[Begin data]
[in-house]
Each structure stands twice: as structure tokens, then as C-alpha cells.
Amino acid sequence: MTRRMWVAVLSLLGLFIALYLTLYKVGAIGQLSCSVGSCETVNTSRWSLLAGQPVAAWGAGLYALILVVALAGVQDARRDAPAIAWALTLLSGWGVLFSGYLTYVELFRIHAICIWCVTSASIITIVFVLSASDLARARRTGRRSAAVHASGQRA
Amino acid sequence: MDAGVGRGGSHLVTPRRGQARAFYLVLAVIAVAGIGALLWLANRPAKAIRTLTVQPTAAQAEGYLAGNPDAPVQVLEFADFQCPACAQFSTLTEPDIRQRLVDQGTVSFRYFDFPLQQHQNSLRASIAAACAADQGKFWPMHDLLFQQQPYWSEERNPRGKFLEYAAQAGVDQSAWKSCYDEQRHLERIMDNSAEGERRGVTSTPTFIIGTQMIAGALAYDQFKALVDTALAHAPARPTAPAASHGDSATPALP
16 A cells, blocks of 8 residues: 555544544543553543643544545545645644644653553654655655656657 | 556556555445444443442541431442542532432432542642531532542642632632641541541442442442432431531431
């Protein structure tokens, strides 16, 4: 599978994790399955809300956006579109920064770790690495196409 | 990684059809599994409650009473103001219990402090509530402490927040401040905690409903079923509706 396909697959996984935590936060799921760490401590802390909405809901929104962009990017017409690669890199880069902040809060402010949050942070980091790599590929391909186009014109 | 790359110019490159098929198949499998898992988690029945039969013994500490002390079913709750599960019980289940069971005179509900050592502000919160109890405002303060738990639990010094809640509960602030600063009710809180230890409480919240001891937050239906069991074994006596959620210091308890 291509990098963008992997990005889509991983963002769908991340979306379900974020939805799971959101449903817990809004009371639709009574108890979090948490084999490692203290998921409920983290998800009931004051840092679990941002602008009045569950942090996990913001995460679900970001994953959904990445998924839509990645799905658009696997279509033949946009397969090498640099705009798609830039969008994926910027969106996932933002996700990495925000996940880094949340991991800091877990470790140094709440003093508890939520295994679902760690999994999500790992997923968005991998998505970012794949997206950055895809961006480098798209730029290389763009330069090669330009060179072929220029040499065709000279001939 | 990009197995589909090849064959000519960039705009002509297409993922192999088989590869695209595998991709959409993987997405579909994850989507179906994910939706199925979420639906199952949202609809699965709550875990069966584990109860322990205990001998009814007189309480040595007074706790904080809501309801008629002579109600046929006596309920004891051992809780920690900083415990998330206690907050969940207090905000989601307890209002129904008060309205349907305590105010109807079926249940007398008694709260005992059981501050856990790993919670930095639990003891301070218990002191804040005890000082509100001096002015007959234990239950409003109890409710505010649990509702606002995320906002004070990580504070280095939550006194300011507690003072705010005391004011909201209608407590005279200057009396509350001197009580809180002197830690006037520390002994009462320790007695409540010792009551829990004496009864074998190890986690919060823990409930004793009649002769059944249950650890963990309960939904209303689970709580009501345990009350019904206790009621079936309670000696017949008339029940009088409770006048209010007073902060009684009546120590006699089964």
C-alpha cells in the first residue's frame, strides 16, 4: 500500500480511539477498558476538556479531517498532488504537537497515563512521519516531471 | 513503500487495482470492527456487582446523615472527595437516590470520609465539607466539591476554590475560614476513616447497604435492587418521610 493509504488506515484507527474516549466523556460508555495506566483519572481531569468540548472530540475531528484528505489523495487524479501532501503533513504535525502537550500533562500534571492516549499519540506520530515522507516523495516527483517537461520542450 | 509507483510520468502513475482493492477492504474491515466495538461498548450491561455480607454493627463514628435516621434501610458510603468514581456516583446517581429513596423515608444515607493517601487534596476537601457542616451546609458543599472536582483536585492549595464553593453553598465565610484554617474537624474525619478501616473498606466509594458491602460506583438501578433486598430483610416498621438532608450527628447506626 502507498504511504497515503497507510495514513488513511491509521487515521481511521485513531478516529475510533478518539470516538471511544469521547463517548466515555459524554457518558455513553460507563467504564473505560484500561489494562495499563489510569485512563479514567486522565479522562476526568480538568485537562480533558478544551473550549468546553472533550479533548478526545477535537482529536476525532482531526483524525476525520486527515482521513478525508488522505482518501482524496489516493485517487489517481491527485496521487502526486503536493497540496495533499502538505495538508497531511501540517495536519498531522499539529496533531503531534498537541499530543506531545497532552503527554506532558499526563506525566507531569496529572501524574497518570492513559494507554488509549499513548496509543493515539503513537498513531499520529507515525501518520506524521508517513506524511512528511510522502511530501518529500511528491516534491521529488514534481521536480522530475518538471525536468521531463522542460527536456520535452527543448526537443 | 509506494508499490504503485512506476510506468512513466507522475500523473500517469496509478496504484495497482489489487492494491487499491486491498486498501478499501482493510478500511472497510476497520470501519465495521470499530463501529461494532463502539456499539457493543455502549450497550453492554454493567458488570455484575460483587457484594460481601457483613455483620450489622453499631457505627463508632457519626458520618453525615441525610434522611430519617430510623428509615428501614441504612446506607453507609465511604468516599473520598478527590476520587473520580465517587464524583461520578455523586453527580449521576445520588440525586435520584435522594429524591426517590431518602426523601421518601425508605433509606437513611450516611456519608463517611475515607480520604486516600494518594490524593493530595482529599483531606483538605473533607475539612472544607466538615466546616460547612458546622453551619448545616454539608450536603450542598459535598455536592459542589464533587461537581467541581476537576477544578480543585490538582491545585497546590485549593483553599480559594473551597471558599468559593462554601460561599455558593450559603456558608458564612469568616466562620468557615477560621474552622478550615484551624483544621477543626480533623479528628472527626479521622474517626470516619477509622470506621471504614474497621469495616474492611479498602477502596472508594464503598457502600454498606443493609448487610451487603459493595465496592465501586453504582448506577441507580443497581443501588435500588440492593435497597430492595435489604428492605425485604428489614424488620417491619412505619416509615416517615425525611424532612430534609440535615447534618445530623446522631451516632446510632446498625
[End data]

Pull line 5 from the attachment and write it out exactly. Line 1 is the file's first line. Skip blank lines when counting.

16 A cells, blocks of 8 residues: 555544544543553543643544545545645644644653553654655655656657 | 556556555445444443442541431442542532432432542642531532542642632632641541541442442442432431531431